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Tencent looking to hire artificial intelligence microchip design engineers

Tencent looking to hire artificial intelligence microchip design engineers

An engineer working in a laboratory solders a circuit board while looking through a magnifying glass.

Tencent, a Chinese Big Tech Giant, posted job openings for people with the skills to create artificial intelligence microchips. It is looking to bring on chip designers, component designers, and verification engineers. The conglomerate told CnTechPost it is looking to develop components that can fulfill its AI acceleration needs. At present, it ranks as the country’s third-largest cloud services provider, representing 15 percent of the domestic market.

The corporation participated in a $278.5 million funding round conducted by Shanghai-based chip startup Enflame Technology earlier this year.

Tencent seems to be joining its contemporaries Alibaba and Baidu in supporting Beijing’s pursuit of semiconductor independence.

How Tencent Benefits From Making Its Own Chips

Tencent likely wants to hire AI chip engineers to gain an advantage in a large and rapidly expanding market.

For one thing, the conglomerate could direct the development of its components to suit its specific needs. Many hyperscale digital infrastructure providers, like Amazon, Google, and Microsoft, have launched chip design units to make specialized hardware that addresses their web services ambitions. As it happens, Tencent has recently taken steps to become a more significant player in the cloud services arena.

Last October, the corporation launched a product called the AIMIS Medical Imaging Cloud to securely let doctors share patient information. The platform also enables specialists to provide diagnostic care remotely via the firm’s digital infrastructure. In June 2021, it greatly expanded its cloud footprint by opening data centers in Hong Kong, Bangkok, Tokyo, and Frankfurt.

Tencent’s efforts to capture more remote computing market share make a lot of sense, given the sector’s robust growth potential. Research group Gartner predicted global spending on cloud computing would increase by 23.1 percent this year to reach $332.3 billion. The multinational could optimize its digital infrastructure’s performance by developing custom hardware while also reducing its power consumption.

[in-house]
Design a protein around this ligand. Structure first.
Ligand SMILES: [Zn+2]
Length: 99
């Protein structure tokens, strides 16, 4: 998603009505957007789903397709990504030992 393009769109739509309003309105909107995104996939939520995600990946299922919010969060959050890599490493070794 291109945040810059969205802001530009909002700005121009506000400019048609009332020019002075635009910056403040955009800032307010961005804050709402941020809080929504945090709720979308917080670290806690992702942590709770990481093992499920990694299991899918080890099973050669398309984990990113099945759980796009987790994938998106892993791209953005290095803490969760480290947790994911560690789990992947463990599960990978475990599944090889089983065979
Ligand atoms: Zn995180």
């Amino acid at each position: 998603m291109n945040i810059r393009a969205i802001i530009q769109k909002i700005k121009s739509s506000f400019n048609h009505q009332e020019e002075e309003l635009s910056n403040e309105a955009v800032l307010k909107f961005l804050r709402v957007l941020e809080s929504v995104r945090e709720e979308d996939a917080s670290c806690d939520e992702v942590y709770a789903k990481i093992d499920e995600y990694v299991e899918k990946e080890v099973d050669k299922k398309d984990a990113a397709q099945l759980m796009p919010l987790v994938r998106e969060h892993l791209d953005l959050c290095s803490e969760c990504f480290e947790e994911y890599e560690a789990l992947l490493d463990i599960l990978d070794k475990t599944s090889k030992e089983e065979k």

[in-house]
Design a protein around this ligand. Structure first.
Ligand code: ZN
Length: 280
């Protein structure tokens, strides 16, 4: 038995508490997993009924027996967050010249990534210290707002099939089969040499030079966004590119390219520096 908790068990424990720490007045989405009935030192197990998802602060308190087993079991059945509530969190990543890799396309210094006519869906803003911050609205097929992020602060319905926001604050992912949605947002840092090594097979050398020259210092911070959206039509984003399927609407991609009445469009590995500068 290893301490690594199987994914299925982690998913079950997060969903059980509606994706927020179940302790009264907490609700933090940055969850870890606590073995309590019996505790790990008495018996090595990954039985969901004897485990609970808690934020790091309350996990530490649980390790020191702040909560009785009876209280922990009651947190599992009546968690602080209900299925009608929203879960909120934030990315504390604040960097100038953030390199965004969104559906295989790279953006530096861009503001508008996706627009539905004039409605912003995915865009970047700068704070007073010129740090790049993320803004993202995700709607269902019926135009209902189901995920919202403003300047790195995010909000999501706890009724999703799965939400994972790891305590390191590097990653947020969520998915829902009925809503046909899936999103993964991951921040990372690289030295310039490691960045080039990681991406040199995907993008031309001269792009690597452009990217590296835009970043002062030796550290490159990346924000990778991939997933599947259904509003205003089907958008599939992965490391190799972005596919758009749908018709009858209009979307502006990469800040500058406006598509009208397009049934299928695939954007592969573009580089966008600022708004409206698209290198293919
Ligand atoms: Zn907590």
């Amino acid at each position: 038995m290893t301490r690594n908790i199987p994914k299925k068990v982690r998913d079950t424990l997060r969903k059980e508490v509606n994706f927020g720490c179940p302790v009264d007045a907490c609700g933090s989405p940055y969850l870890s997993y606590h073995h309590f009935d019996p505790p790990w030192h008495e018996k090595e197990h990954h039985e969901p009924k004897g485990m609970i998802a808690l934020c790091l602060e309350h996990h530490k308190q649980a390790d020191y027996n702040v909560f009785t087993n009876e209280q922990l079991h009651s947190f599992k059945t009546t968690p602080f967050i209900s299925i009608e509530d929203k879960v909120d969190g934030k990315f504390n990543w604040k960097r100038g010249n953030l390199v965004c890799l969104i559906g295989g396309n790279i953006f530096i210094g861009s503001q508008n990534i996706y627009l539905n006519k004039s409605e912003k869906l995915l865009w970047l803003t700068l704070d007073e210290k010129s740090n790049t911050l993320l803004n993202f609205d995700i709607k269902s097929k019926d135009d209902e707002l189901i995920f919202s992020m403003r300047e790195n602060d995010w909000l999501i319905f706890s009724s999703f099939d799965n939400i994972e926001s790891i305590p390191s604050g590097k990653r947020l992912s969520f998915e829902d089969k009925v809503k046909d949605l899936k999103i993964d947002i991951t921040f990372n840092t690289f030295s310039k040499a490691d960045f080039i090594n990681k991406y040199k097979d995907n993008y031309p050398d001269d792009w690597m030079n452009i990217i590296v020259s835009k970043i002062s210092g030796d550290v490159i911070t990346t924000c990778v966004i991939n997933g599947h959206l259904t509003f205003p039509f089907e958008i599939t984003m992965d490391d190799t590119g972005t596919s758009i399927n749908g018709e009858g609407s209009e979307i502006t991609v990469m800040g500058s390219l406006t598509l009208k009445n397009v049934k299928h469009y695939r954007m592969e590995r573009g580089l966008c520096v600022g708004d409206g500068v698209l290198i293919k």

Tencent signaled its interest in promoting domestic next-generation data center component advancement by financially supporting Enflame Technology.

Established in 2018, Enflame has sought to design deep learning components capable of accelerating datacenter AI training. Since its second seed round, Tencent has been a lead investor in the firm, holding a 23.2 percent stake in the business as of May 2020. Those capital infusions chipmaker recently announced it developed its second-generation cloud computing acceleration cards.

Bolstering China’s Semiconductor Ecosystem

Another probable motivator for Tencent moving into the chip design field is its home country wants to set up a microelectronics ecosystem.

For almost a decade, the Chinese government has prioritized establishing its semiconductor independence. Beijing wants to lower its expensive dependence on imported microelectronics by cultivating cutting-edge chip design and manufacturing resources. Local leaders ramped up their efforts after the nation entered a trade war with the United States. It created a $51 billion investment fund and other significant incentive initiatives to achieve that goal.

Alibaba and Baidu, two of China’s technology champions, have taken up the cause.

Best known for its e-commerce platforms, Alibaba established a chipmaking division in 2018, which launched its first product the following year. The conglomerate deployed the component, a neural processing chip called Hanguang 800, to make its C2C service Taobao more efficient. Late last year, it revealed it would pour $15 billion annually into its semiconductor subsidiary.

Baidu, the operator of China’s top search engine, has also demonstrated its interest in developing leading-edge microelectronics. The corporation founded a component development unit in 2010 that introduced an AI accelerator in 2018. Subsequently, it launched Honghu, a processor that powers its smart speaker and in-car computing products.

In addition, Alibaba and Tencent signed onto a government program to establish China’s IC industry standards.

Since advanced semiconductor development is a market and government priority, Tencent will probably intensify its chip engineer recruitment efforts in the future.

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